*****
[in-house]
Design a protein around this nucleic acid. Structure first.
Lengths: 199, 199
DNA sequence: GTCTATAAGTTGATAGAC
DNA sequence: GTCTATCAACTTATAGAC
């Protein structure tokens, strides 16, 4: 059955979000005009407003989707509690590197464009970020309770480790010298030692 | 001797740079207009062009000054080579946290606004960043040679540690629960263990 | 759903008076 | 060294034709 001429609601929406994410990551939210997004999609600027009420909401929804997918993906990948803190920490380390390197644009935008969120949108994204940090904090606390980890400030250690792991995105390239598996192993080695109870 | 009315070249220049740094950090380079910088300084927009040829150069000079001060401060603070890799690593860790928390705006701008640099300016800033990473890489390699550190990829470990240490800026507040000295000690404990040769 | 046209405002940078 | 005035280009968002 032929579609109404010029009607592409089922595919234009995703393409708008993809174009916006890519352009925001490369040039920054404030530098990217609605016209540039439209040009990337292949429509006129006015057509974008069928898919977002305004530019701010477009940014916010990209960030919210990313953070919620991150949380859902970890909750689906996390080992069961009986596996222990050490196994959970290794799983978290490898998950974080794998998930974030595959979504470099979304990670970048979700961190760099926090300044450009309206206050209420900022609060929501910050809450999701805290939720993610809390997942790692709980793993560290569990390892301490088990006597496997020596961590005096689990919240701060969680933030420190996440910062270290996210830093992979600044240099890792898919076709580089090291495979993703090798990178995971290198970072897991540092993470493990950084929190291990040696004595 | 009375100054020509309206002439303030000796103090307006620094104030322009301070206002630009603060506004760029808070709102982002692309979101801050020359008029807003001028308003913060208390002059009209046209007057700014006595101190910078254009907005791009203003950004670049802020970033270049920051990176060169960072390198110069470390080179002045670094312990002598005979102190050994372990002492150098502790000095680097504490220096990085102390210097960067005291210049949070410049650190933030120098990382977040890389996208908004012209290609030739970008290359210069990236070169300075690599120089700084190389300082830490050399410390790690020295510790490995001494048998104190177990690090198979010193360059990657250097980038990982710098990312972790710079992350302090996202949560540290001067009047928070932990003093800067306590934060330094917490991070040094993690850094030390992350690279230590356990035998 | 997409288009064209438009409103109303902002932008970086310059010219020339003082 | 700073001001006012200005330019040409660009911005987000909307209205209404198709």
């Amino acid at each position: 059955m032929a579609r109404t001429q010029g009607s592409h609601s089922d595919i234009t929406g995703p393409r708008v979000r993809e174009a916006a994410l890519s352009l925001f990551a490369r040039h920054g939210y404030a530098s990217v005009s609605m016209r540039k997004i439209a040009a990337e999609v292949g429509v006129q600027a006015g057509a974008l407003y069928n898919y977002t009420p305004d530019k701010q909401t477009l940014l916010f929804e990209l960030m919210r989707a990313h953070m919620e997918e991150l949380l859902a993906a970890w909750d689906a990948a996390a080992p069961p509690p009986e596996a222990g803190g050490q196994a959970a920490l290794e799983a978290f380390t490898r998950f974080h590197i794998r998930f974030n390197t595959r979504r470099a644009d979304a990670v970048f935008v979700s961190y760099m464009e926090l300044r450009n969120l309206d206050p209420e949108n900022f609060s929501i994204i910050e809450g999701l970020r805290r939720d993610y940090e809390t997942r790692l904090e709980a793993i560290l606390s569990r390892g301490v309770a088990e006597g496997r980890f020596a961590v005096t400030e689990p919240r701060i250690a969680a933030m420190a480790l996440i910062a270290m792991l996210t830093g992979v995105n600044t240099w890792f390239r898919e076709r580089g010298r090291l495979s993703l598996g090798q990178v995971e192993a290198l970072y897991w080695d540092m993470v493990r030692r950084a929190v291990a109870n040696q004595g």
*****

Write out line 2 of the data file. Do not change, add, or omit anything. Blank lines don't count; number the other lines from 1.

Design a protein around this nucleic acid. Structure first.